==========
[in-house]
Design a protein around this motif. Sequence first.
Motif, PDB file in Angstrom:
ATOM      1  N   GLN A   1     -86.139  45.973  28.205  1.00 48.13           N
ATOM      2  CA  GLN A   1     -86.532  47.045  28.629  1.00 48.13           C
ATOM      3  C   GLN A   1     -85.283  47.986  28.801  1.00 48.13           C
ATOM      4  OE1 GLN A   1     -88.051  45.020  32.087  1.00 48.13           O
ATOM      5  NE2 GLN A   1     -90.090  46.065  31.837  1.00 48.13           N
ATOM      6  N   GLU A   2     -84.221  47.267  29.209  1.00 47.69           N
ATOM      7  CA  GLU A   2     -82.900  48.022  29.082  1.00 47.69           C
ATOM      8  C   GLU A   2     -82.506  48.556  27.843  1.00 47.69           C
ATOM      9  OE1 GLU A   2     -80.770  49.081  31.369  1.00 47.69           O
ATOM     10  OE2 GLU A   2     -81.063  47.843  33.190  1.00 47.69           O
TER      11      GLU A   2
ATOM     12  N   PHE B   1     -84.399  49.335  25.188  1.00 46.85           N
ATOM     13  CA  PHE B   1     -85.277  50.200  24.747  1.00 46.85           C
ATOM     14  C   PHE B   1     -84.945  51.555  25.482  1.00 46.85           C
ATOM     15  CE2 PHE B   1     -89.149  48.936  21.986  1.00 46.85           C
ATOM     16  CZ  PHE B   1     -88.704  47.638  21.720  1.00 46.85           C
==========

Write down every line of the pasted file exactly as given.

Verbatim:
[in-house]
Design a protein around this motif. Sequence first.
Motif, PDB file in Angstrom:
ATOM      1  N   GLN A   1     -86.139  45.973  28.205  1.00 48.13           N
ATOM      2  CA  GLN A   1     -86.532  47.045  28.629  1.00 48.13           C
ATOM      3  C   GLN A   1     -85.283  47.986  28.801  1.00 48.13           C
ATOM      4  OE1 GLN A   1     -88.051  45.020  32.087  1.00 48.13           O
ATOM      5  NE2 GLN A   1     -90.090  46.065  31.837  1.00 48.13           N
ATOM      6  N   GLU A   2     -84.221  47.267  29.209  1.00 47.69           N
ATOM      7  CA  GLU A   2     -82.900  48.022  29.082  1.00 47.69           C
ATOM      8  C   GLU A   2     -82.506  48.556  27.843  1.00 47.69           C
ATOM      9  OE1 GLU A   2     -80.770  49.081  31.369  1.00 47.69           O
ATOM     10  OE2 GLU A   2     -81.063  47.843  33.190  1.00 47.69           O
TER      11      GLU A   2
ATOM     12  N   PHE B   1     -84.399  49.335  25.188  1.00 46.85           N
ATOM     13  CA  PHE B   1     -85.277  50.200  24.747  1.00 46.85           C
ATOM     14  C   PHE B   1     -84.945  51.555  25.482  1.00 46.85           C
ATOM     15  CE2 PHE B   1     -89.149  48.936  21.986  1.00 46.85           C
ATOM     16  CZ  PHE B   1     -88.704  47.638  21.720  1.00 46.85           C